Executing the plans and getting the shots

Students worked behind the scenes during the time leading up to the event, ensuring the live show was filmed and broadcast without any major issues.

“Covering Spartan Stampede is an adventure in itself. The experience involves an entire weekend of setup, testing and practice spanning over three days,” said Hall. “Our live broadcast was of the 8 p.m. Saturday night show of the Spartan Stampede, but we also utilize the earlier shows for practice.”

For media and information junior Robert Krohn, the class taught him many lessons he believes will be valuable for achieving his future goals of working in live sports production.

“My favorite moment, personally, was seeing the final product come together,” said Krohn. “I think anyone that gets into this business learns to appreciate the time and effort that you put into a broadcast of this scale, and it was just nice to watch as everyone got into their roles and see the show come together after three long days of setup.”

Collaboration across college contributes to experience

The coverage of Spartan Stampede was a cross-college project as students from two other ComArtSci classes were recruited to assist. Troy Hale’s advanced video editing students were asked to create intros and video bumpers for the live production. The student with the best video open had their intro used in the live broadcast, and another student was asked to be the editor and to work further with Hall’s class. John Whiting’s audio class was also involved and provided MI 491’s crew with a sound editor.

Hall revealed one of the most satisfying aspects of the class as an instructor is being able to offer young, growing professionals the opportunity of experiential learning – something the faculty and staff at the College of ComArtSci takes pride in.

“The best part is observing how these students work with each other in the control room and out on cameras,” said Hall. “I could speak on this all day in a classroom, but the best way to teach this balance is to work it, and practice in real life situations. When the broadcast is done, that's why my students clapped and cheered when (the live event) dissolved to black to end the show. They had done it, and done it well.”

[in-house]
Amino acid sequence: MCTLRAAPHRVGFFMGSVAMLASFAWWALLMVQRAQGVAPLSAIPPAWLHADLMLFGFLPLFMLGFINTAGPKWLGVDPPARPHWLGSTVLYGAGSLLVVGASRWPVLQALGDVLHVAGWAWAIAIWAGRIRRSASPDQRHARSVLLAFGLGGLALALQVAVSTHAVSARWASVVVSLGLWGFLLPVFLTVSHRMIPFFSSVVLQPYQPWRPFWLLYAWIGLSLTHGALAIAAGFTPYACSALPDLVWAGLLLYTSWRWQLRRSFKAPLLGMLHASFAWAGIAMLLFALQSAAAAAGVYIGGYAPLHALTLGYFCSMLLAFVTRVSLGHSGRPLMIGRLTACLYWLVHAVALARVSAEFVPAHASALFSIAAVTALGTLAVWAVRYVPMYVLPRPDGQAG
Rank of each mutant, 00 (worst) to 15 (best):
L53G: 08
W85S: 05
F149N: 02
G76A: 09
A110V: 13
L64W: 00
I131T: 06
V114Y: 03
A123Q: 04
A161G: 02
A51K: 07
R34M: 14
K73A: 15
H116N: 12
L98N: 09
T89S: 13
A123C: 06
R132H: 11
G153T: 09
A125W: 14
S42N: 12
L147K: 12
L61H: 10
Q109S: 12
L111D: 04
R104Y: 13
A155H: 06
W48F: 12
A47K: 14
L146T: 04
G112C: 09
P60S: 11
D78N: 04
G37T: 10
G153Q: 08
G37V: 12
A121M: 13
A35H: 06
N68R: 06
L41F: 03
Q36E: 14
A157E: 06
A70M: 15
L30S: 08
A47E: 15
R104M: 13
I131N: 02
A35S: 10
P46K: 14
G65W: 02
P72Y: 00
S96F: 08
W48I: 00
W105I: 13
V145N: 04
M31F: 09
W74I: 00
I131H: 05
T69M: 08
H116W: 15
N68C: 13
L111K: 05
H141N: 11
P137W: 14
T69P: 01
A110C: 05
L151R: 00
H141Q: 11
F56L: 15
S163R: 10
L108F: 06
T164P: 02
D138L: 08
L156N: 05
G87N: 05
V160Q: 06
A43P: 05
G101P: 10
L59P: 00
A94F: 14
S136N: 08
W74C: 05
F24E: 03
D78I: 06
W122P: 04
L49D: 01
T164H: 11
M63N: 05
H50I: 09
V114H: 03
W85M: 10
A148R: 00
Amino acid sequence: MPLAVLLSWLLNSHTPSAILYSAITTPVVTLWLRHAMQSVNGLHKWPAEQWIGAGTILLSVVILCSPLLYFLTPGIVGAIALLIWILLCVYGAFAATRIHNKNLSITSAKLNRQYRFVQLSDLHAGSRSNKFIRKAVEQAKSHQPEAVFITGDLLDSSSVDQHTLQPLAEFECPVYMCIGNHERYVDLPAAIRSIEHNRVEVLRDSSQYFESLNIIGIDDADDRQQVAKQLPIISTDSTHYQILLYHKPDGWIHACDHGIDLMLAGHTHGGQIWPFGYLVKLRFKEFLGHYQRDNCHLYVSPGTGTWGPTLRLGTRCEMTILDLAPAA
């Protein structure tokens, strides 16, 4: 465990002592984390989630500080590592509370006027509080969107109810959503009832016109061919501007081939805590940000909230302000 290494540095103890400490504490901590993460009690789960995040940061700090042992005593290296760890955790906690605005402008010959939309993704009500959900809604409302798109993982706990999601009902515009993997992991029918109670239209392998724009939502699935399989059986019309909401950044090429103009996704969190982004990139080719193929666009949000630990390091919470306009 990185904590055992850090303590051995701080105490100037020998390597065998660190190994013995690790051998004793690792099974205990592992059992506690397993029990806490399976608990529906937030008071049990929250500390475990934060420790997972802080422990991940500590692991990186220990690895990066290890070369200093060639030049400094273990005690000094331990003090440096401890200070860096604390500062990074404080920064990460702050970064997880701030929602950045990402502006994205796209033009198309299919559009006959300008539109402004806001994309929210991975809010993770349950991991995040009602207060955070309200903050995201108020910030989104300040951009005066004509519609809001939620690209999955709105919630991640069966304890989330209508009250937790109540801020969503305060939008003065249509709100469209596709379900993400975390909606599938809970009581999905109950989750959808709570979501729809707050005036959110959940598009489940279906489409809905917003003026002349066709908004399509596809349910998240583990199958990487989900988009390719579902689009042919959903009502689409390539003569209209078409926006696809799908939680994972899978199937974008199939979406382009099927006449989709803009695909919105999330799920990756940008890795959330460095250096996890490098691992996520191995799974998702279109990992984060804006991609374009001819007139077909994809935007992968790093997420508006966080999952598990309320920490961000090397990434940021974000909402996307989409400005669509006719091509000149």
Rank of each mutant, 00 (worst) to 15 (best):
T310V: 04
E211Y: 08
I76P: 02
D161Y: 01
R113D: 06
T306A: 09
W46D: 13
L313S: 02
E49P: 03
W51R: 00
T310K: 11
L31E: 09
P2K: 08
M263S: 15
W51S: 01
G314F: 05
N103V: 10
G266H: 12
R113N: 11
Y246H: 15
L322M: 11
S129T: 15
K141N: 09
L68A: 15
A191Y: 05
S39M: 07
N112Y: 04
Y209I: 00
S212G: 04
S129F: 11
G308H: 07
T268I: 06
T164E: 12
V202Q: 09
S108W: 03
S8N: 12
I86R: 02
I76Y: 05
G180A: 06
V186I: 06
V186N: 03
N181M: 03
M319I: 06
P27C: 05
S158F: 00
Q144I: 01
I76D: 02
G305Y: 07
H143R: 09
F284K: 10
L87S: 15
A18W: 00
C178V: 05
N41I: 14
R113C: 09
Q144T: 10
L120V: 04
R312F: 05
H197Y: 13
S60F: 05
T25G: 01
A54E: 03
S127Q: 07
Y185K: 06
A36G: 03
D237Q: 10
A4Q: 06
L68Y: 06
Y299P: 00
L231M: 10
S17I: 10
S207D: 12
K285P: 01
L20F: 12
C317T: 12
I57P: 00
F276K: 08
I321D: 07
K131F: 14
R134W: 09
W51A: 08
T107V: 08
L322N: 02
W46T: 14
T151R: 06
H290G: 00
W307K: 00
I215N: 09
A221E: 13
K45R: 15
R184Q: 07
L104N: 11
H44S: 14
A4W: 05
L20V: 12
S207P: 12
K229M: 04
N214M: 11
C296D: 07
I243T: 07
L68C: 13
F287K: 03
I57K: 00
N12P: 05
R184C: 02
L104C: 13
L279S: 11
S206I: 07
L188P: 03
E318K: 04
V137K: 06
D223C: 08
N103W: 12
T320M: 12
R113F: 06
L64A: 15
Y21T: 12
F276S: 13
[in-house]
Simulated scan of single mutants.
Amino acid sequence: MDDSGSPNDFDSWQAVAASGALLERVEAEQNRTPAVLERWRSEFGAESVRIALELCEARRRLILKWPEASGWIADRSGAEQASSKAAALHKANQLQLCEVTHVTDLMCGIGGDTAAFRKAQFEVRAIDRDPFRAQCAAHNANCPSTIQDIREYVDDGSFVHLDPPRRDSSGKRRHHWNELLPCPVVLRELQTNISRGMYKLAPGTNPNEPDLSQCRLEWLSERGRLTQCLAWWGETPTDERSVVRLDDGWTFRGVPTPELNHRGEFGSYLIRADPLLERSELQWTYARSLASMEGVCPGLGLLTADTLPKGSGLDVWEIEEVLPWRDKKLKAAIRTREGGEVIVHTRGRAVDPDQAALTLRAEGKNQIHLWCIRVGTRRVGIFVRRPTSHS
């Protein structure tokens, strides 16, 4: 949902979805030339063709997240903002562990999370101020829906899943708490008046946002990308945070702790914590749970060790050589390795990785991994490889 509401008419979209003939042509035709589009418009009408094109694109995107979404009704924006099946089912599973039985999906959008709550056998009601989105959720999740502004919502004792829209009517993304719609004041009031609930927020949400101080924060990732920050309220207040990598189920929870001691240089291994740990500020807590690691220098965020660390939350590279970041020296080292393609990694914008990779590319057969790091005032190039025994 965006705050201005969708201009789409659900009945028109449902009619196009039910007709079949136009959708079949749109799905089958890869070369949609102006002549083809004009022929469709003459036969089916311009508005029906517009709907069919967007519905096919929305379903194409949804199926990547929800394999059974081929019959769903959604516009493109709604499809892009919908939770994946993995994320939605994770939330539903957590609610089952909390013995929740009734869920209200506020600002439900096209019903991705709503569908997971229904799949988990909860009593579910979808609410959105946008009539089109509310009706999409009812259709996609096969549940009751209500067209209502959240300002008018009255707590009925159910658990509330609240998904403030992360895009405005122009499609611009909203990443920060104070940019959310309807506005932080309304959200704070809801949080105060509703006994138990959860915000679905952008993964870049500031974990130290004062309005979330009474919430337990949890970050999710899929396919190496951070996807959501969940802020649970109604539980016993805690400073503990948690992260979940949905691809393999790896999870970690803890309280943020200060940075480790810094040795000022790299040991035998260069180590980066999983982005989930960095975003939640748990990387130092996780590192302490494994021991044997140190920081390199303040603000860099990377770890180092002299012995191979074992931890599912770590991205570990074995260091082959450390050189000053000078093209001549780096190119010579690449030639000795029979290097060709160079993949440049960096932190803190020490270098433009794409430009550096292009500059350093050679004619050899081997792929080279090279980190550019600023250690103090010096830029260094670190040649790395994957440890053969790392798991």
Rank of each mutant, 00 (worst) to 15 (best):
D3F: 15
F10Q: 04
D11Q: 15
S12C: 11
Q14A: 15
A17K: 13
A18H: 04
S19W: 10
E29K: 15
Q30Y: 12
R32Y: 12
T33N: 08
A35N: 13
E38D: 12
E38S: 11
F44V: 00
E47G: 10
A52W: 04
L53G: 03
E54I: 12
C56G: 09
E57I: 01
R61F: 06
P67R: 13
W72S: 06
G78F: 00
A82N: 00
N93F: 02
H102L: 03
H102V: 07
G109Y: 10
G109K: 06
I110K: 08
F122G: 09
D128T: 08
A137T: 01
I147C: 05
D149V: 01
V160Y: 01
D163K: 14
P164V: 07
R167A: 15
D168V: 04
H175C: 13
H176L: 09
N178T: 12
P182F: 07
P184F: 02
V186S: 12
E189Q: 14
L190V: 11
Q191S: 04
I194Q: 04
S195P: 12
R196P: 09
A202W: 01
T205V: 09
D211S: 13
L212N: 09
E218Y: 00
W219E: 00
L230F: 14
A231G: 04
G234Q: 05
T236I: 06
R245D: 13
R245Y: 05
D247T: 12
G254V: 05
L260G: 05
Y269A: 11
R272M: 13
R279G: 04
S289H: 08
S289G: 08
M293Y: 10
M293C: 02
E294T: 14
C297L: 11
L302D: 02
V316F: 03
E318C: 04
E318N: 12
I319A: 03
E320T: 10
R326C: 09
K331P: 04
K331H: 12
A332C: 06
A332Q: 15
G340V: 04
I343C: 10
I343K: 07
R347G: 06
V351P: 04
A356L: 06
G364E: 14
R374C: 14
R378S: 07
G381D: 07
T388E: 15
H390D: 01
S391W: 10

By Savannah Swix

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MSU Advertising Students and Alumni Come Together in China

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In early November of 2016, a select group of students from Michigan State University’s Department of Advertising + Public Relations 
arrived in Shanghai for the One Show Greater China Festival, a competition organized by The One Club for young advertisers. However, they were far from being the only Spartans in China.

The green and white blood of fellow alumni in the country runs deep. That fact became evident during an evening at the WPP School of Marketing and Communications.

Global Collaborations and Connections

The MSU students and their faculty leader, Henry Brimmer, were joined by Harrison Dong, the dean of the WPP school, his colleagues and several MSU alumni representing Shanghai’s own MSU Alumni Association.

It was great fun to meet members of the MSU Alumni Association in Shanghai, and to have them intermingle with our students whose work was on display,” said Brimmer. “Everyone was very excited to come together as Spartans so far from home base and to realize how far and tight the bond reaches.”

The reception at the school celebrated the relationship formed between WPP and MSU during Minds (Wide) Open – a unique competition that has taken place annually since 2015 on the East Lansing campus. The reception also showcased work of MSU students.